Could Covid cause erectile dysfunction? Doctors say blood vessels damaged by virus may increase risk
Covid could cause erectile dysfunction, doctors believe as the link between the two continues to develop.
Scientists already know that the virus can damage blood vessels, restricting blood flow throughout the body.
Erections occur only from the blood flowing through the small and narrow arteries that supply the genitals, so anything hindering this can lead to the problem.
Dozens of reports of infected men suffering from impotence have surfaced since the start of the pandemic. Several studies have also linked the virus itself to the state of health.
Cleveland Clinic urologist Dr Ryan Berglund said Covid is already known to cause myocarditis – inflammation of the heart muscle – in some cases.
Therefore, it is plausible that it can also cause erectile dysfunction.
But he said the evidence is “mostly anecdotal” at the moment, so the extent of the problem is unclear and more studies are needed.
Doctor in the United States said Covid could cause erectile dysfunction, patients suffering from the disease after recovering from the virus
How could Covid cause erectile dysfunction?
Some doctors suspect that the coronavirus could increase the risk of men developing erectile dysfunction.
So far, their fears are based on anecdotal evidence from patients reporting erection problems after contracting the virus.
A few small-scale studies have linked the disease as well, but doctors say more is needed.
One way Covid could lead to erectile dysfunction is pneumonia.
Pneumonia can inflame blood vessels, which can restrict blood flow.
Erections are purely caused by blood flow, so anything that interferes with that could have a ripple effect.
Pneumonia can also damage people’s lungs, which can affect oxygen levels in the blood.
This can make it difficult for men to maintain an erection.
Covid could also infect testosterone-producing cells in the testes called Leydig cells.
A drop in these cells can affect libido and desire.
Dr Emmanuele Jannini, professor of endocrinology and medical sexology at the University of Rome Tor Vergata, said the decrease in smell could also be linked to erectile dysfunction.
Not being able to smell could prevent arousal, he said.
Dr Jannini said the link could even be linked to poor mental health, with the pandemic leading to higher stress levels.
It could keep men from getting aroused, he said.
Doctors have also suggested that blood oxygen levels, damage to testosterone-producing cells, and stress from the pandemic could be responsible.
While one suggested a reduced sense of smell from a Covid infection by making men less aroused.
A study in March found that men who catch the virus are three times more likely to have erectile dysfunction, while another in May said men could take six months to recover.
Dr Berglund told the Los Angeles Times: “It is the blood vessels themselves that can become inflamed, which could cause obstruction and negatively impact the ability to have erections.”
It is clear that some Covid patients suffer from inflamed blood vessels, which is not uncommon with other viral infections, he said.
Dr Berglund added: “It’s just that the magnitude of this viral infection and its severity probably led to a higher incidence of vascular disease and vascular inflammatory disease than other viral infections.”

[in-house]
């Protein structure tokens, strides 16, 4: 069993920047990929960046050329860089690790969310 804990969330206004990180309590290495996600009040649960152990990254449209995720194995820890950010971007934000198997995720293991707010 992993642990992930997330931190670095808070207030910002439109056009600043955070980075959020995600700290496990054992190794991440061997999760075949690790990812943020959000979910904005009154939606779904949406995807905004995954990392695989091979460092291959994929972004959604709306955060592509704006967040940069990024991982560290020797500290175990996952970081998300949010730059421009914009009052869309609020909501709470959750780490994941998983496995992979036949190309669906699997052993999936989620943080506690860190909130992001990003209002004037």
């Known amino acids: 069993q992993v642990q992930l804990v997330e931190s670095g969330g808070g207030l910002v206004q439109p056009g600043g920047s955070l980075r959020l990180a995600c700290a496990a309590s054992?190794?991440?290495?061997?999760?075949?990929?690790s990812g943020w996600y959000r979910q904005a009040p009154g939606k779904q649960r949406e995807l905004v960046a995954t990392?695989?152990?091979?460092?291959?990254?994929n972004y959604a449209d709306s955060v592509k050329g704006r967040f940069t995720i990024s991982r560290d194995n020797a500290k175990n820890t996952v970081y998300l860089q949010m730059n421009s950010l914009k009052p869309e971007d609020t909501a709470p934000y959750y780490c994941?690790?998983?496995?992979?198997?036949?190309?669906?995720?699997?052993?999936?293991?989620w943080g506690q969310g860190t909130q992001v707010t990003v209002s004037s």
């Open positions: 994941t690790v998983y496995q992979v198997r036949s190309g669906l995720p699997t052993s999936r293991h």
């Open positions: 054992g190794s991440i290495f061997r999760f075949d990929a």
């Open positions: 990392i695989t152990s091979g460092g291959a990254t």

He said observational studies should be done on men of the same age and level of health to see if erectile dysfunction is more common in those who have had the virus.
He said erectile dysfunction after Covid could signal that a person also has heart problems linked to the virus.
Dr Emmanuele Jannini, professor of endocrinology and medical sexology at the University of Rome Tor Vergata, told the newspaper that the dysfunction could be a long-standing symptom of Covid.
The umbrella term covers all symptoms of Covid that last for more than a month after infection, with difficulty breathing and fatigue being considered the most common.
He said Covid patients who develop pneumonia may be at risk for erectile dysfunction, as the disease can also reduce blood oxygen levels.
This is well known to lead to erection problems, said Dr Jannini.
A loss of smell – a well-known symptom of Covid – could also prevent someone from awakening, he said.
Dr Berglund said it could be that Covid is damaging testosterone-producing cells, but this link has not been proven.
Doctors have already said that Covid can bind to these cells and prevent them from functioning normally, leaving men with lower testosterone levels.
Dr Berglund said Covid could also be indirectly responsible for other cases of erectile dysfunction.
Some people are more stressed because of the pandemic, especially if they have lost their jobs or are struggling with Covid restrictions. This could cause men to be less “in the mood”.
The doctors’ comments come after a study by doctors at the University of Rome found that men who catch the virus are three times more likely to suffer from erectile dysfunction.
Their study of 100 men, on average 33 years old, found that 9% of people who had not had Covid had erection problems.
But 28% of men who had been infected with the coronavirus reported the problem.
Doctors at the University of Miami found SARS-CoV-2 in the penis of two men six months after they recovered from the virus.
Dr Jannini said the possible link between the virus and erectile dysfunction is another reason people get vaccinated.